This post is by Dino Mangano and Mark Friday, Deans of Culture at University Preparatory Academy in Detroit, Michigan
In one of the most provocative posts that has appeared in this blog, Jal Mehta noted, “Deeper learning has historically been the province of the advantaged--those who could afford to send their children to the best private schools and to live in the most desirable school districts.” At University Prep high school in downtown Detroit, history is changing. The faces of our students and teachers are almost all brown and black. The student body is 99 percent African American, with 83 percent qualifying for free and reduced lunch. In this school, with these students, we embrace the belief that all students can learn and lead their own learning--with passion, creativity, and perseverance toward personalized learning goals.
Over the last two years, we have begun to implement the deeper learning practices of EL Education, starting with building a culture that prioritizes empowering students. Although UPrep students wear uniforms, it’s a school that also celebrates student voice and choice. Students are encouraged by teachers as well as administration to take ownership of the culture of the school. For example, students recently suggested instituting morning “Pick Me Ups,” quick, positive, student-led morning meetings for entire grade levels. So, we piloted one just a few weeks ago, learned from the experience, and the students are currently planning the next one.
The latest step on our journey to being an EL Education school has been to transform traditional parent/teacher conferences into student-led conferences (SLCs). Historically, conference night was an eye-rolling affair, sparsely attended by parents who drifted from teacher to teacher in a gym full of tables, bored looking teenager in tow, to discuss a grade they couldn’t do anything about. It was an arduous process that didn’t involve our students at all.
Putting students in charge of their own conferences changed both the logistics and the outcomes for our culture entirely. We cancelled classes for the day, and held an open-house format day, from 10 am to 6 pm. Parents scheduled specific, 20-minute time slots ahead of time with their child’s Crew Leader, and that was to be the sole focus for the day. Each conference consisted of the student, the parent, and the Crew leader. At the end of the conference, a short five-question survey was given to parents on a laptop just outside the classroom. Refreshments were provided, student-volunteer hosts were available at every building, administrators rotated through the buildings, answering questions and chatting with parents. The entire atmosphere was positive and welcoming.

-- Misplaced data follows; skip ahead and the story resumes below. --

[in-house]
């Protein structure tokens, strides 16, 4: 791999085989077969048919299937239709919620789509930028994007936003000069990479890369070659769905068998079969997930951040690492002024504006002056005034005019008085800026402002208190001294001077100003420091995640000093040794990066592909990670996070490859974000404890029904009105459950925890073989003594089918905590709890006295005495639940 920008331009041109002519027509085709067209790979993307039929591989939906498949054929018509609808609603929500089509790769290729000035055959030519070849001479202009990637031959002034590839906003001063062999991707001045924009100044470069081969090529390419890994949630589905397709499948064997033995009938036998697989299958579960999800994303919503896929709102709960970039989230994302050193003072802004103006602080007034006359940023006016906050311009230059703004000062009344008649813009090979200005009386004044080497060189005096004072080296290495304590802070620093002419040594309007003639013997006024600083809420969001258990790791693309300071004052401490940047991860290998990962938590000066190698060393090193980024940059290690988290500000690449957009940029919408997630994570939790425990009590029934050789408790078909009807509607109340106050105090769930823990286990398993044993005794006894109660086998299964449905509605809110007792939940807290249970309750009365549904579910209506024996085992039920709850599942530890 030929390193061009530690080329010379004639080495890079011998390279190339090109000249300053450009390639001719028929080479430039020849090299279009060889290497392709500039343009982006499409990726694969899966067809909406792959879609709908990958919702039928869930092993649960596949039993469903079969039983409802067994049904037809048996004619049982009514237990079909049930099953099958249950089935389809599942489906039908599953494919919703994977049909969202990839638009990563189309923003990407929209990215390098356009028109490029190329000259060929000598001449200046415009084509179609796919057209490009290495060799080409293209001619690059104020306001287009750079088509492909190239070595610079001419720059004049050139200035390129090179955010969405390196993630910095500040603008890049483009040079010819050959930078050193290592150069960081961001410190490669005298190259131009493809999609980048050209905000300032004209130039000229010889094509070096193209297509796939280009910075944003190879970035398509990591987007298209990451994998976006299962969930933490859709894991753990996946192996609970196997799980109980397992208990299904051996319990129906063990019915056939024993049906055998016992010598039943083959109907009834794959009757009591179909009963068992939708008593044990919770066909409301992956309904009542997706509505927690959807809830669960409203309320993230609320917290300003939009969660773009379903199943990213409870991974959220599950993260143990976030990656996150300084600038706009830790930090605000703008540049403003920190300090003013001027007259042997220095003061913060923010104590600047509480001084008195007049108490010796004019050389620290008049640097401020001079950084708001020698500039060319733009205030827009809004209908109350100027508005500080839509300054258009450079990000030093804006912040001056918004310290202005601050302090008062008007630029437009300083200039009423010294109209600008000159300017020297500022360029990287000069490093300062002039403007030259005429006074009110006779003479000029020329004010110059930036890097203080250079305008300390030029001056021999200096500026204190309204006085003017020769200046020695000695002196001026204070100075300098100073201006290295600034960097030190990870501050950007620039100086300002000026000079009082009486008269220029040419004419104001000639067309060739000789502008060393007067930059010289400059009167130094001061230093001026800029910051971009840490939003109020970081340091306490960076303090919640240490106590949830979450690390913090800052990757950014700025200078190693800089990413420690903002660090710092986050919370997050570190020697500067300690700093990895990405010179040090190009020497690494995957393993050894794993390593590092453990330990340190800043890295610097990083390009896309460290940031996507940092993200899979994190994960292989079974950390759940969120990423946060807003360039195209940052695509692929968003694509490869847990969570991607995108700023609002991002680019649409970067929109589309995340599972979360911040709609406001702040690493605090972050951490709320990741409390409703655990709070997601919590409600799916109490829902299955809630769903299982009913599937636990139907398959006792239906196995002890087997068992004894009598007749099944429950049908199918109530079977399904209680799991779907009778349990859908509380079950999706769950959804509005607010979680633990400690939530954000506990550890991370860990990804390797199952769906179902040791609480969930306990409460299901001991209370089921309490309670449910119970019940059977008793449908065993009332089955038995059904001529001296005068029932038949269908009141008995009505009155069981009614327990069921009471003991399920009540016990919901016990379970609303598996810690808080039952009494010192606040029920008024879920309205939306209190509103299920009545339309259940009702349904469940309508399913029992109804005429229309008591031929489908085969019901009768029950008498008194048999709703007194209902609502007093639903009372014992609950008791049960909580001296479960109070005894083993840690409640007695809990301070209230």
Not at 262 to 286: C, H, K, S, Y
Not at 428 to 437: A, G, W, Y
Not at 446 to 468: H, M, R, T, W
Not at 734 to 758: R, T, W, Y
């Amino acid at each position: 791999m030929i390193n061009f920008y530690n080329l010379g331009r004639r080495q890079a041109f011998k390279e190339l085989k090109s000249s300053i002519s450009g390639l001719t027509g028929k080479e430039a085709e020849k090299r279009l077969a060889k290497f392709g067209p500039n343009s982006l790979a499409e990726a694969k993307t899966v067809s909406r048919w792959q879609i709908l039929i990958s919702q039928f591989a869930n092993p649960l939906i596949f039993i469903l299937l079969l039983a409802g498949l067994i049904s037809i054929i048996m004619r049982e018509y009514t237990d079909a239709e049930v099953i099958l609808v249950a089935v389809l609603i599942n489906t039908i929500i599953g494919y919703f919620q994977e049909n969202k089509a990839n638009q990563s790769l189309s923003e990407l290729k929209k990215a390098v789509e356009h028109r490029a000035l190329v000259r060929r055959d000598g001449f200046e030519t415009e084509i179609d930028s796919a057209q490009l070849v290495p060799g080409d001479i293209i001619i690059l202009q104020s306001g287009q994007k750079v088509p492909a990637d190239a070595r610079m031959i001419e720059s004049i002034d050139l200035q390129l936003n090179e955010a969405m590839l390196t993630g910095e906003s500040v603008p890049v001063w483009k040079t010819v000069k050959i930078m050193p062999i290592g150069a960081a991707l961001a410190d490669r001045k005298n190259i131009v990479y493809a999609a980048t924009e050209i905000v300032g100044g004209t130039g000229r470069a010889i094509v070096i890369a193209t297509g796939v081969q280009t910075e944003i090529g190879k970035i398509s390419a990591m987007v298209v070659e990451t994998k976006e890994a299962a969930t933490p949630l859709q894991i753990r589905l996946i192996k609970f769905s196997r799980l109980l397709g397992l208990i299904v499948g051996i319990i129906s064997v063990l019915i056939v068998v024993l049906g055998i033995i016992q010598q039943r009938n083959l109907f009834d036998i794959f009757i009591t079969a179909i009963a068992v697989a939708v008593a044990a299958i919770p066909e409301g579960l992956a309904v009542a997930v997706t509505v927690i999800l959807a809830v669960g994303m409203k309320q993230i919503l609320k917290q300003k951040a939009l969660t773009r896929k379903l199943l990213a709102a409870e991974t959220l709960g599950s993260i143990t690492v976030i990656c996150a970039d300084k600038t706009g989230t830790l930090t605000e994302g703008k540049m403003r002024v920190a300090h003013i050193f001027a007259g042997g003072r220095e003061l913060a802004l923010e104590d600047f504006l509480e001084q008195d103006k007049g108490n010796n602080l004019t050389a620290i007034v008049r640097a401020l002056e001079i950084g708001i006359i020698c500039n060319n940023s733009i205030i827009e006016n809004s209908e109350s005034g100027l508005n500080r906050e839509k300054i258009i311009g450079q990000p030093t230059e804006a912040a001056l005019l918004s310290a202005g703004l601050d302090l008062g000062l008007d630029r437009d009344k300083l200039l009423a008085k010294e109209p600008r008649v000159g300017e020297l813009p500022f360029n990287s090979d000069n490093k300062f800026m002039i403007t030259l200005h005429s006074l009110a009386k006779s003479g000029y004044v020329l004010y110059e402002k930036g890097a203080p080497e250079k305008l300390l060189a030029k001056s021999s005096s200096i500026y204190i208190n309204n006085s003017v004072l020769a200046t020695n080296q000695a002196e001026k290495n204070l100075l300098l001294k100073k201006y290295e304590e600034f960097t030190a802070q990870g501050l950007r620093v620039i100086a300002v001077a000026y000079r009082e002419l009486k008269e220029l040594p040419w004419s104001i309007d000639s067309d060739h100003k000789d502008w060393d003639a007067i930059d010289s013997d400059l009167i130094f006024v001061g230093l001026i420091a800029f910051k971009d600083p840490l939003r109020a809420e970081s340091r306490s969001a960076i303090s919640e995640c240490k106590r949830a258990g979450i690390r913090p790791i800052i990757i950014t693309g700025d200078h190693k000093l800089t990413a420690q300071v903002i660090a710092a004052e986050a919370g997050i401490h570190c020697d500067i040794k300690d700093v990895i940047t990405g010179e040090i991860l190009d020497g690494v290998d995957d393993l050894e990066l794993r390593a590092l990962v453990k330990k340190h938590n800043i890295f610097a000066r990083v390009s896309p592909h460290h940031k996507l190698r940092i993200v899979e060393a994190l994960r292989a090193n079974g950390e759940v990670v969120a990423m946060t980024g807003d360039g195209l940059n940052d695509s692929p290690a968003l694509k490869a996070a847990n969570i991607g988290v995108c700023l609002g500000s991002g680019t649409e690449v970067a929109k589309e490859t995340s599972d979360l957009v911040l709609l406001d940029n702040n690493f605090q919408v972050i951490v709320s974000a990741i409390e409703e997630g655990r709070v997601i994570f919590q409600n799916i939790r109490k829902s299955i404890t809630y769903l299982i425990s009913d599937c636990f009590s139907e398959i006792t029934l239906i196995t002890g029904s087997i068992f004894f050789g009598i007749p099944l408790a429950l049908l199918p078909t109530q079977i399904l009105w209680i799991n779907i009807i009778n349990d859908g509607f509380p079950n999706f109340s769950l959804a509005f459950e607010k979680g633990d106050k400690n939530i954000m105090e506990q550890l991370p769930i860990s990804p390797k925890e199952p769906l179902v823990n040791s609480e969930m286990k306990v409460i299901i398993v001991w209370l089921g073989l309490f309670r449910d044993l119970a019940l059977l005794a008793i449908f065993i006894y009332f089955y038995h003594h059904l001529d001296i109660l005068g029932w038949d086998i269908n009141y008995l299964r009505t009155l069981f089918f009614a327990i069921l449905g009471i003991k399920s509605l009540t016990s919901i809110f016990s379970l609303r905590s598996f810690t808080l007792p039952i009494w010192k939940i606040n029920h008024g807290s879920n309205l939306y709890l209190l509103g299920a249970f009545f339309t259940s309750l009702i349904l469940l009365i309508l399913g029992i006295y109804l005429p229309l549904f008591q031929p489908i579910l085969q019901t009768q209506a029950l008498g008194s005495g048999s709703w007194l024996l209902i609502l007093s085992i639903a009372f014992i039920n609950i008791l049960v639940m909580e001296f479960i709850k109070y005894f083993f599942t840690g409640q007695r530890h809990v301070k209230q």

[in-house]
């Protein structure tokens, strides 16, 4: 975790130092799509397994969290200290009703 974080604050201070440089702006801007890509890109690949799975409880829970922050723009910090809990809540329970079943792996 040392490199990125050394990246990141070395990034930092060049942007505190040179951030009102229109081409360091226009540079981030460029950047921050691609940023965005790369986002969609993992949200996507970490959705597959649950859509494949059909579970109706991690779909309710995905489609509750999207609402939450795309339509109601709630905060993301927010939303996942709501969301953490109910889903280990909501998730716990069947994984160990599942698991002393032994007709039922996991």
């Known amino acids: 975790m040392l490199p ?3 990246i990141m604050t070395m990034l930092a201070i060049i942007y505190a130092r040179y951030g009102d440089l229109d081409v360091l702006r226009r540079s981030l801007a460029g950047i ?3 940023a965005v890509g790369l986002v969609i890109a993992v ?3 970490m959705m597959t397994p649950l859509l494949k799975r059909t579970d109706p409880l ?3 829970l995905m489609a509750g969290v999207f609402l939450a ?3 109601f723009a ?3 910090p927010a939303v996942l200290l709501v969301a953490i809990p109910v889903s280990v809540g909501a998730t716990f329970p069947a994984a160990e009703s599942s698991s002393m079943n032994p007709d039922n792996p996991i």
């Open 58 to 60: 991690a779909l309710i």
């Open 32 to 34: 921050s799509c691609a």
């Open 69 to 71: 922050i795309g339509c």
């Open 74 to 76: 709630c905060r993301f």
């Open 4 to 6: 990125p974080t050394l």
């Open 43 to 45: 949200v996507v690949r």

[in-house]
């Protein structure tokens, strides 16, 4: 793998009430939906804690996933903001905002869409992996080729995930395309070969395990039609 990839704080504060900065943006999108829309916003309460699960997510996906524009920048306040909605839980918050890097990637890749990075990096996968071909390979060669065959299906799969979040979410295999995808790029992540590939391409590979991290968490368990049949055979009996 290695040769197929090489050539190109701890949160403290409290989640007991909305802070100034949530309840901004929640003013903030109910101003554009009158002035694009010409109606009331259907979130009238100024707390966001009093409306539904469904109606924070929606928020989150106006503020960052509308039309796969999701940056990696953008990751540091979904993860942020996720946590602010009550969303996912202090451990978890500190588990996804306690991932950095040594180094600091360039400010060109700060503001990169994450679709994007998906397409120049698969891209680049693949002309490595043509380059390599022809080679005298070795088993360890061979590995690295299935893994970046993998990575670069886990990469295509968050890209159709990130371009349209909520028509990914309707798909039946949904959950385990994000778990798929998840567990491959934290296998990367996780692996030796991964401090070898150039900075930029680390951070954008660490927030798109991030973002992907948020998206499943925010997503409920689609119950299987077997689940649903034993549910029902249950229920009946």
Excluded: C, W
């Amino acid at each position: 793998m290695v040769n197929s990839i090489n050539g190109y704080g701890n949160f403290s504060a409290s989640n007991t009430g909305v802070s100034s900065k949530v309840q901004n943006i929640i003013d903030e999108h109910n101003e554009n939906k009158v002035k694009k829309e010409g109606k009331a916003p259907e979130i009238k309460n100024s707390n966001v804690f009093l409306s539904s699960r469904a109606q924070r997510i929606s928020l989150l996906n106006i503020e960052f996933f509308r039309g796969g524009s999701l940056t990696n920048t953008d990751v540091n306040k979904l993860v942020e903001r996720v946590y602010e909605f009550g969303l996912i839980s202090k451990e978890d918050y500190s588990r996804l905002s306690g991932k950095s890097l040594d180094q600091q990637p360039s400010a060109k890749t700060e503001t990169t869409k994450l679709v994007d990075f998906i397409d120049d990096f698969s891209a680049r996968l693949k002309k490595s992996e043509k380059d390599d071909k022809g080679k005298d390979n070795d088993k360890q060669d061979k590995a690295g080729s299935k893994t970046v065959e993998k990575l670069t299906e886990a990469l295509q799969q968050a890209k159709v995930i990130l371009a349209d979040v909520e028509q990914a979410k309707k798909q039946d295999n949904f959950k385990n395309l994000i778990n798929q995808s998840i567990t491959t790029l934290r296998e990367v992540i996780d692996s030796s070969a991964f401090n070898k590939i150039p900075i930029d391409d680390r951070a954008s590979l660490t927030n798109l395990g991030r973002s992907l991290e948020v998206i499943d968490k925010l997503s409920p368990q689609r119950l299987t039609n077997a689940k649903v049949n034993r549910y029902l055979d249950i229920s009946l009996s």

The conferences themselves were powerful. Students presented themselves to their parents through the lens of their work. The conversation between them and their parents shifted from a discussion of grades to the discussion of successes and challenges in doing school work and to fruitful decision making about actions students could take to not only improve grades but to reach their own goals and get back on the path toward a future they envisioned for themselves. This video of a student-led conference in another EL Education school illustrates this dynamic.
Putting students at the center as advocates for their own learning has also increased parent engagement in our school. Because these were our first student-led conferences, we solicited parent feedback about the process and the outcomes. When asked to rate their overall experience at the SLC’s, 98 percent of the parents gave a rating of positive or strongly positive, with 68 percent choosing strongly positive. Seventy-six percent preferred or strongly preferred the student-led conferences to traditional parent-teacher conferences.
Anecdotally, what we noticed is that both parents and students were far more engaged during SLCs compared to our traditional conferences, where families would go from line to line, waiting to talk to a teacher about a grade they already had through Powerschool, while the students would either look bored (if their grades were good) or scared (if their grades were poor), but either way, definitely not engaged in the process. During the SLCs, since the entire focus was on the student and what they were saying, the students were fully engaged, and as it was their own child presenting, parents were also interested and focused.
Student-led conferences reinforce our students’ growth mindset, giving them opportunities to reflect on mistakes and imagine revisions that will rechart their academic career. The greatest and most important lesson, however, is that our students--all students--are empowered by speaking for themselves, by valuing the evidence of their work as a measure of academic achievement, and by the exercise of reflection and dialogue with the people who care most about their success.
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